Elco Class of ’67

A few years ago (in February 2009 to be exact), shortly after reconnecting with some high school classmates (Norman, Gary, Jill, and Dennis) for the first time since graduation, I put together a little video which was supposed to be (very roughly) our yearbook brought to video.

Not finding any worthy models for that sort of thing on YouTube (every yearbook video I could find was just a page by page viewing of the yearbook; boring), I came up with my own idea:

A prolog running backwards in time showing some of the events we had lived through to get to where we were that day (wonder where I got that idea?) with pictures of me in the upper corner getting progressively younger until we reached that magical year of 1967.

This would be followed by individual pictures of each member of our class floating into view and then landing on a particular spot on the background, interspersed with little vignettes either drawn from the yearbook (like the King and Queen of Hearts Valentine’s dance) and/or bits of audio recordings that I had preserved from those days (like a phone call with our English teacher Mrs. Papson; I was big into wire tapping in those days).

All would culminate in a final reveal of our graduation class photo when the viewer would realize that each person’s picture has landed on her or his place in the group photo.

Here’s the video:


I was not satisfied with the video, but after spending six weeks of doing practically nothing else, I was eager for someone to see it, so I uploaded it to YouTube and notified my former classmates. I was just exhausted from spending most of those six weeks scanning and cropping yearbook images, working around limitations of Final Cut Express, and trying to figure out exactly who was who in the graduation group photo.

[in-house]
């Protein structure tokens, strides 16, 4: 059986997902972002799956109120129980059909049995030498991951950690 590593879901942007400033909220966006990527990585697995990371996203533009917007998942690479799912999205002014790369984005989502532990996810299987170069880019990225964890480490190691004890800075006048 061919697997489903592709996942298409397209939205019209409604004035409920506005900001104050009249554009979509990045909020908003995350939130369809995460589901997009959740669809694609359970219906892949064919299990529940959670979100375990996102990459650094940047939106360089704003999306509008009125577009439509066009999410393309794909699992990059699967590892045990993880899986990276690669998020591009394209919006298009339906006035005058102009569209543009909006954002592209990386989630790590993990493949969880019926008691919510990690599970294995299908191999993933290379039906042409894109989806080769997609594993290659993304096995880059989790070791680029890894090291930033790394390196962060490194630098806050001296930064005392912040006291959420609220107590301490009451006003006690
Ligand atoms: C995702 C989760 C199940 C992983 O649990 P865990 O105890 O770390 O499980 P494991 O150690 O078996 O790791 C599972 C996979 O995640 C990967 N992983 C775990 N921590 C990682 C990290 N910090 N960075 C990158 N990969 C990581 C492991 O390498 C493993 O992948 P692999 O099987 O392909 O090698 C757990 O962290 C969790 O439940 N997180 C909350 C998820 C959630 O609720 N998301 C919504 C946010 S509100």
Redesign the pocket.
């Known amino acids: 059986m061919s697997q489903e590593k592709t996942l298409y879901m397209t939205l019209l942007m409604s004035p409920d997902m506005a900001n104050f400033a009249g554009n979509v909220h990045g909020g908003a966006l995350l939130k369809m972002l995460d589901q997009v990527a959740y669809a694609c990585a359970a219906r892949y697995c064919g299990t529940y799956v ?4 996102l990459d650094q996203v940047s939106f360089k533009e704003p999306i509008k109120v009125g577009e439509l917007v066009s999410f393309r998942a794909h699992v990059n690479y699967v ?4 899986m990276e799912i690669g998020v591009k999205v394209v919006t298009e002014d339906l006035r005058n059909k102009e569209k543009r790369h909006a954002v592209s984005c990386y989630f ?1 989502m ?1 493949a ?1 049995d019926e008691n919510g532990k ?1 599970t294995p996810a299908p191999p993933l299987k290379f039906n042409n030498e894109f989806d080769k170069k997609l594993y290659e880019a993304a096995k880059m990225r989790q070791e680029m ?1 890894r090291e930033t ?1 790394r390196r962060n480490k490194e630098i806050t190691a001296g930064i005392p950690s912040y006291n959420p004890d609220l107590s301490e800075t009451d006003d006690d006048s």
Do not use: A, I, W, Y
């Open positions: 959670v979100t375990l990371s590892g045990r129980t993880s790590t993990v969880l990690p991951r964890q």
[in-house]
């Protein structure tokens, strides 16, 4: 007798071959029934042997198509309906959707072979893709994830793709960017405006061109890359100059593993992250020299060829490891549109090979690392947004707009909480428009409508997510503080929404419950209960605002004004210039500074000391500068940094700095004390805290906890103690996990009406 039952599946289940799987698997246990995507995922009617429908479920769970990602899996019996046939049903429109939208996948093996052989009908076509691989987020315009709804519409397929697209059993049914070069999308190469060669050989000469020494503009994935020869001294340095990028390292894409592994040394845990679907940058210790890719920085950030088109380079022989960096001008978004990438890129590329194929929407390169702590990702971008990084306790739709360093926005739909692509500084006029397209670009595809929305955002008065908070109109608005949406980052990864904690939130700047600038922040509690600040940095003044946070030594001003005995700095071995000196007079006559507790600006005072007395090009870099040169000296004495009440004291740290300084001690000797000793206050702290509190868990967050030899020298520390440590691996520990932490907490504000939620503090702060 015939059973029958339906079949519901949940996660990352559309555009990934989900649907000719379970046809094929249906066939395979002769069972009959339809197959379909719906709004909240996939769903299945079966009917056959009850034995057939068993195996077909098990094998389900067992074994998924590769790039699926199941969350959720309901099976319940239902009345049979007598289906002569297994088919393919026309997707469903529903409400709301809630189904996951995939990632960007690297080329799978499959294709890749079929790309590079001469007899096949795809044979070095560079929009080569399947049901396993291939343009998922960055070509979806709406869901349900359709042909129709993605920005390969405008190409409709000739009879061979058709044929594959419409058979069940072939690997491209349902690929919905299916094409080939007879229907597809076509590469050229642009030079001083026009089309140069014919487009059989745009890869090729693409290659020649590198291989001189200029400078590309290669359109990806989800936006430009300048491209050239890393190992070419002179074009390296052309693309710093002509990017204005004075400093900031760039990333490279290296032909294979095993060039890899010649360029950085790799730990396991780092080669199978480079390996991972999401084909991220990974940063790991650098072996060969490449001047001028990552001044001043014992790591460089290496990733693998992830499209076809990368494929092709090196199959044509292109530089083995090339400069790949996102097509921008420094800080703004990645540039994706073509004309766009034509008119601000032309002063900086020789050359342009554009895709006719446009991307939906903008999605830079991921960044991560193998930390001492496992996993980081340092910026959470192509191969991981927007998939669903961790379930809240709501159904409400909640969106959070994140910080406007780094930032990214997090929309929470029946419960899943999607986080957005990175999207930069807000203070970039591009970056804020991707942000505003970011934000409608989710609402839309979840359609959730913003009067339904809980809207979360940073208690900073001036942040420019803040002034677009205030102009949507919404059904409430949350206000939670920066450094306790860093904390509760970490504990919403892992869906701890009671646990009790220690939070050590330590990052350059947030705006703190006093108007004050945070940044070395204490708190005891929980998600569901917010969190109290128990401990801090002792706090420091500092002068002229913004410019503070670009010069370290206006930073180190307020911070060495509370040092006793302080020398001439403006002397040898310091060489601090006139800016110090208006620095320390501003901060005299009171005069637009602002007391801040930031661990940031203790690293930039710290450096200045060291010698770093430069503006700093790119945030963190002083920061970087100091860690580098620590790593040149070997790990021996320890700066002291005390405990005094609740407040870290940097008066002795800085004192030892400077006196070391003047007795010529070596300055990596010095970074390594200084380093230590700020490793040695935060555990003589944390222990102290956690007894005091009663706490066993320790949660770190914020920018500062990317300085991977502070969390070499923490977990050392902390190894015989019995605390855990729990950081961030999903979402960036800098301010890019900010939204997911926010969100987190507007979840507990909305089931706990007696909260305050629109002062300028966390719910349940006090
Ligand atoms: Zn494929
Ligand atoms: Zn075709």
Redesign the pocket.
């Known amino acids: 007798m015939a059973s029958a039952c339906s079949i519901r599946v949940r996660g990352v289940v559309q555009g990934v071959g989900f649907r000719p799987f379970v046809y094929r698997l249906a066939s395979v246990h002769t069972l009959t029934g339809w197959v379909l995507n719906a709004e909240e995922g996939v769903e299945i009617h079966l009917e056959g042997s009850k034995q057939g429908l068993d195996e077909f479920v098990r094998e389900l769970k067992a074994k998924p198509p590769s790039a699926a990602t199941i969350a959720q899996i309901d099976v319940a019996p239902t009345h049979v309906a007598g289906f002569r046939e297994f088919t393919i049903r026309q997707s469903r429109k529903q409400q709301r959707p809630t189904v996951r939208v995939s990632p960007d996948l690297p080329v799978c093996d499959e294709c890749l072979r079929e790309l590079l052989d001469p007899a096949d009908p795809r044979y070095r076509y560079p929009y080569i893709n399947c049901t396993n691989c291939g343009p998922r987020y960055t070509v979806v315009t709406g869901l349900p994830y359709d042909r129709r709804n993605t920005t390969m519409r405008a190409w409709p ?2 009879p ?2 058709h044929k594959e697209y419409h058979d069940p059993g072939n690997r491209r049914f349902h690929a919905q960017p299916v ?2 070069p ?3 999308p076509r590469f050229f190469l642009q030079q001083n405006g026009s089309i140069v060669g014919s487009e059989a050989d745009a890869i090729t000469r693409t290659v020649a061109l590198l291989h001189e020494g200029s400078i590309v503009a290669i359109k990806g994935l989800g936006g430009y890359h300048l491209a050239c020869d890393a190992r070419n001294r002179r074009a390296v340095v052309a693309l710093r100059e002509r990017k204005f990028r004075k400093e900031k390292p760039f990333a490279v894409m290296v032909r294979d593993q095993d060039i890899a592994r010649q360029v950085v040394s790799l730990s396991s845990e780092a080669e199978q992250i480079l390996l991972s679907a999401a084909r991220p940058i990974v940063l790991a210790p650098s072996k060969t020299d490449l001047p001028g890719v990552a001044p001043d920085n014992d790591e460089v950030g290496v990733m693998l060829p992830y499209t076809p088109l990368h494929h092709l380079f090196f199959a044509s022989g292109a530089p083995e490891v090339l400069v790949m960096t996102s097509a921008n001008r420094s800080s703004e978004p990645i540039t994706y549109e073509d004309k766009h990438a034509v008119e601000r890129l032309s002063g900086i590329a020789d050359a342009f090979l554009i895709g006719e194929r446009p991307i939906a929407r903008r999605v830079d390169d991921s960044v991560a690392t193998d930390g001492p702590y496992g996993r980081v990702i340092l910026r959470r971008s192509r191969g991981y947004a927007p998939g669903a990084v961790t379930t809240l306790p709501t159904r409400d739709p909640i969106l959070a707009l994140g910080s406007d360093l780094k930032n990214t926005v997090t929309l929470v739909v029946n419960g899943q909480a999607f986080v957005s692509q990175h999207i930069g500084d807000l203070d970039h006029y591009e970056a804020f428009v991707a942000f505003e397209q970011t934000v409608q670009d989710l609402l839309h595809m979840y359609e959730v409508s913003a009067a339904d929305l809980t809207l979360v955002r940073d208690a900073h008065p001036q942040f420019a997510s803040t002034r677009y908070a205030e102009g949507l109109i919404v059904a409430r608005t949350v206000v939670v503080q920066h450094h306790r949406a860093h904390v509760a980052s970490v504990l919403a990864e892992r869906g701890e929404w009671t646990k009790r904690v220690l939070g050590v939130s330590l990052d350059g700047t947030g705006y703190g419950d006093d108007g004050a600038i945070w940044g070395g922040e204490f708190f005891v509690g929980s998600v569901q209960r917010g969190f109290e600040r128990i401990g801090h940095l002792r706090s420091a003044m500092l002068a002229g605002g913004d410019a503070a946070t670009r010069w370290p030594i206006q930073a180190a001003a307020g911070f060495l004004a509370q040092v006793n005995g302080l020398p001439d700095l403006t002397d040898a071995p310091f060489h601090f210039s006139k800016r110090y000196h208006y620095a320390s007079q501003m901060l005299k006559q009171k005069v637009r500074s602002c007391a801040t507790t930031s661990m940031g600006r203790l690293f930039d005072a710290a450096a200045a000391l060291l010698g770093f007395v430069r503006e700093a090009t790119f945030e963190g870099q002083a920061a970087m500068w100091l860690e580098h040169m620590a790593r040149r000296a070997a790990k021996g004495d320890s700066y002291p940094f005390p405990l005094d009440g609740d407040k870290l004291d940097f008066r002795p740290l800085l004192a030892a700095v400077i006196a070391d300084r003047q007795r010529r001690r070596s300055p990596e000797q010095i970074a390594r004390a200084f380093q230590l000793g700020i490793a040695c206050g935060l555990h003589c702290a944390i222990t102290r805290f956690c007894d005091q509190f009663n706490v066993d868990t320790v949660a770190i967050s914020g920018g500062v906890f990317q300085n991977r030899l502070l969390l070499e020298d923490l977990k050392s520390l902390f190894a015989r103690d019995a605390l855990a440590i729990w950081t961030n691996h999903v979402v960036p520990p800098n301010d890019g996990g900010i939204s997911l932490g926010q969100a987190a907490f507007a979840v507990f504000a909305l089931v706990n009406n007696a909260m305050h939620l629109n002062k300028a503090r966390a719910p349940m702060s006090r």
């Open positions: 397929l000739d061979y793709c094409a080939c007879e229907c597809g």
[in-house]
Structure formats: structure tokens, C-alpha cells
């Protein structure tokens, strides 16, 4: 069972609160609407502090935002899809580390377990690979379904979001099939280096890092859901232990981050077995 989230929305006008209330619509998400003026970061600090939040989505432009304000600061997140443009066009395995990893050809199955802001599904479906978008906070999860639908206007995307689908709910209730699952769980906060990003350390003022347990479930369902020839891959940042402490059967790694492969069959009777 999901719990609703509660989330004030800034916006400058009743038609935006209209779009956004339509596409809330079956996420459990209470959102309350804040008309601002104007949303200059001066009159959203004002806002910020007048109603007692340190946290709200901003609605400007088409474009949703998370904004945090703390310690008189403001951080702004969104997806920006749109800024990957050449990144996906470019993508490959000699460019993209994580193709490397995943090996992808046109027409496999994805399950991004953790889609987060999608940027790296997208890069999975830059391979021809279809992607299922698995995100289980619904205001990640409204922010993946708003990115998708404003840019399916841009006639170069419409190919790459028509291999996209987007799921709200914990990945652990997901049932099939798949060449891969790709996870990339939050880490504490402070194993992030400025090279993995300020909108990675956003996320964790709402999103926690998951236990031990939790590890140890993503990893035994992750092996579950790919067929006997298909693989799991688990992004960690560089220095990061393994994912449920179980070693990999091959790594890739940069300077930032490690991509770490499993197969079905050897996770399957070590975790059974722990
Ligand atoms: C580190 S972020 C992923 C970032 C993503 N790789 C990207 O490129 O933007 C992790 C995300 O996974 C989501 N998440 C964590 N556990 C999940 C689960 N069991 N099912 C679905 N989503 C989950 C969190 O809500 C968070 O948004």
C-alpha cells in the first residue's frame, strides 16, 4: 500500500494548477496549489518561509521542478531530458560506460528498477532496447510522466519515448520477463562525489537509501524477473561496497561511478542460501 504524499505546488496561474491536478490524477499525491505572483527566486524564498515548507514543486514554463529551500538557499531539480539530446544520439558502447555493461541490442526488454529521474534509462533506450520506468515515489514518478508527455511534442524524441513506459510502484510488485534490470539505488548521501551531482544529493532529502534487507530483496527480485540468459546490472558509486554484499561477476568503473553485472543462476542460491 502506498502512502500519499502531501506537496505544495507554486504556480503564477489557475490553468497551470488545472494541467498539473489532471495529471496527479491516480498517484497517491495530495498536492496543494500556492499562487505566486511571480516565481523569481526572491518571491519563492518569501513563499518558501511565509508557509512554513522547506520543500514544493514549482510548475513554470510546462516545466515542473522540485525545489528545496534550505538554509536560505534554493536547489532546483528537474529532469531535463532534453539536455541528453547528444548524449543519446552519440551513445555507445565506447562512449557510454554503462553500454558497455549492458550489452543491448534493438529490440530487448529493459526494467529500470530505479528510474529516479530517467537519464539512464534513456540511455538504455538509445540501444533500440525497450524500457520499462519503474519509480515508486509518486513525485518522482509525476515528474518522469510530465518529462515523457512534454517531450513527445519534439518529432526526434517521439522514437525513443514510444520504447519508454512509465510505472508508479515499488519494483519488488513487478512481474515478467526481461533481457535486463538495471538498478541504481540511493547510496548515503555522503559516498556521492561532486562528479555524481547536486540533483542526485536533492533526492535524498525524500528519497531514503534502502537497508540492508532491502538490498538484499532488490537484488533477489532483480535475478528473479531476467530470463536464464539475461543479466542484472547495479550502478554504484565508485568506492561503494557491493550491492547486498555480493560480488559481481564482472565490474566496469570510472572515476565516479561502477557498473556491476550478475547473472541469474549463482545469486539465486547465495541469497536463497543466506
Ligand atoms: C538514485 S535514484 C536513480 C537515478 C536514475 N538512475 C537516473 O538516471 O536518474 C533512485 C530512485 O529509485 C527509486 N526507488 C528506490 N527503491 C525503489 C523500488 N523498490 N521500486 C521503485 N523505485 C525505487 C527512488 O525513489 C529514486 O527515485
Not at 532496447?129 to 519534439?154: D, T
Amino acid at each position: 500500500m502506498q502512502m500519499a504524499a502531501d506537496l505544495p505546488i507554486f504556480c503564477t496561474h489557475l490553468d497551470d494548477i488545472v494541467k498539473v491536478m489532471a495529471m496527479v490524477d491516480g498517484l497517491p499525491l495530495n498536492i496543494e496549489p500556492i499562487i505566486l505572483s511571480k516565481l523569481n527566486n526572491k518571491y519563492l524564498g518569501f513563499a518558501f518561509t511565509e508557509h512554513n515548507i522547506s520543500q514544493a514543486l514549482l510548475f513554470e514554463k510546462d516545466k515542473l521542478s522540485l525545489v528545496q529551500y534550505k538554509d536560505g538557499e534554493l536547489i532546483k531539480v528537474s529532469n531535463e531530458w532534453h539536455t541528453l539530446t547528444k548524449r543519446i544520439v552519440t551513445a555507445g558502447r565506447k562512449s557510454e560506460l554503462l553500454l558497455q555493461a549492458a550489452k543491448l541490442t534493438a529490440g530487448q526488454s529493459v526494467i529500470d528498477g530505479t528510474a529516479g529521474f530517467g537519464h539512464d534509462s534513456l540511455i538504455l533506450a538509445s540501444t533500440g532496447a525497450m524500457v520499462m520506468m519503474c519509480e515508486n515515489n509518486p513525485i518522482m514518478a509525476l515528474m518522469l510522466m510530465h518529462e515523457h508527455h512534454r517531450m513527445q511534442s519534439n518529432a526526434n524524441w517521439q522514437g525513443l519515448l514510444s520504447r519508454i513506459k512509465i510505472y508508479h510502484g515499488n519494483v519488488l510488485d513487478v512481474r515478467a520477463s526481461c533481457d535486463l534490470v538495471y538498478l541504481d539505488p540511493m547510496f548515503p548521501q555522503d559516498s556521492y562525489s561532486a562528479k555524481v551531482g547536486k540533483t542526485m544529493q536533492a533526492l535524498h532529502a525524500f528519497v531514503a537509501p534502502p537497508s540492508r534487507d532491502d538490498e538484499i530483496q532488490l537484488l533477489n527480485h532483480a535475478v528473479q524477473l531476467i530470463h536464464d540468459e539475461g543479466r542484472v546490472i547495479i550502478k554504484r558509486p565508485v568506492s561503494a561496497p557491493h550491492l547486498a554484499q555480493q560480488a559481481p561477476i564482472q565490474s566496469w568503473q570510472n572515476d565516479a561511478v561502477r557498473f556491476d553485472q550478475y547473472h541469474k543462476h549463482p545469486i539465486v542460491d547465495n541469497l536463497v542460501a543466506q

That last task was especially difficult, and I spent at least two full days on it. The problem was that the faces in the photo were just a teensy tiny bit fuzzy, so only about a third of them were easy to identify. I was reasonably certain of another third of them, but the final third–those were just wild ass guesses. Everybody had to be somewhere, right?

As I was wrestling with the video editing software, I realized that I needed a little variation in the “floating into view” effect, so I began to occasionally do something different. As it happened I came to this realization about the time I got to the picture of Jeff Christ, who by common consent was our class clown; so I had his picture do a somersault accompanied by a rim shot.

There was no real method to the other variations; just if I could think of something as I got to their photos. Our Norwegian exchange student, Nana Due, appeared along with a map of Norway; the Gemini constellation for the Herr twins (a doubly meaningful symbol as I recalled that Arlene had had a big interest in astronomy in those days); a ouija board next to Carol Hill (you had to be there, and someday I might make a video of that party, as I have some of the audio to go with it); a little private joke for Dennis Keener; I have a photo of Skeet Seldomridge where he wrote on the back that I was always giving him a hard time, so I kept up the tradition when I got to his pic.

In the intervening years, my dissatisfaction with the video has grown. So what’s the problem? Well, when the group photo appears at the end, it just doesn’t “pop” the way I’d like it to, and I’m not sure what could be done about that. Then there’s the prolog; in addition to making the video look dated by tying it to February 2009, it just doesn’t have enough details in the backwards run through time; I got tired of trying to find video and photos of past events. Did I mention I hate to do research? I’d also like to polish off the interspersed vignettes a bit more, and I could go on. That said, there are lots of things in it that I do like, but there’s always room for improvement.

(Two things that really annoy me about the backwards prolog: I decided early on that the backwards time travel should accelerate, which meant that the first decade or so would progress more slowly than the rest, which meant I spent much more time with the Clintons than intended; to keep from having a picture of Bill on the screen for so long, I switched to one of Hillary around 1995-93; alas, it was a photo of Hillary during her 2008 campaign. As I said, I hate to do research. Will anybody volunteer to be my research assistant? The other thing that bugs me is that if you listen to it in stereo, the video clip of Bill playing the sax is on the wrong side of the screen.)

And yes, if anyone should ask, it was no accident that as Mrs. Papson says the words “old fuddy-duddy teachers” a photo of Mr. Paine came into view. Make of that what you will.

UPDATE: Saundra informed me that I got Janice Nelson’s name wrong. While I tried to be careful, apparently I did a little too much copying and pasting. If there is ever a version 2.0, this will be fixed. In the meantime, Janice, wherever you are, I’m sorry!

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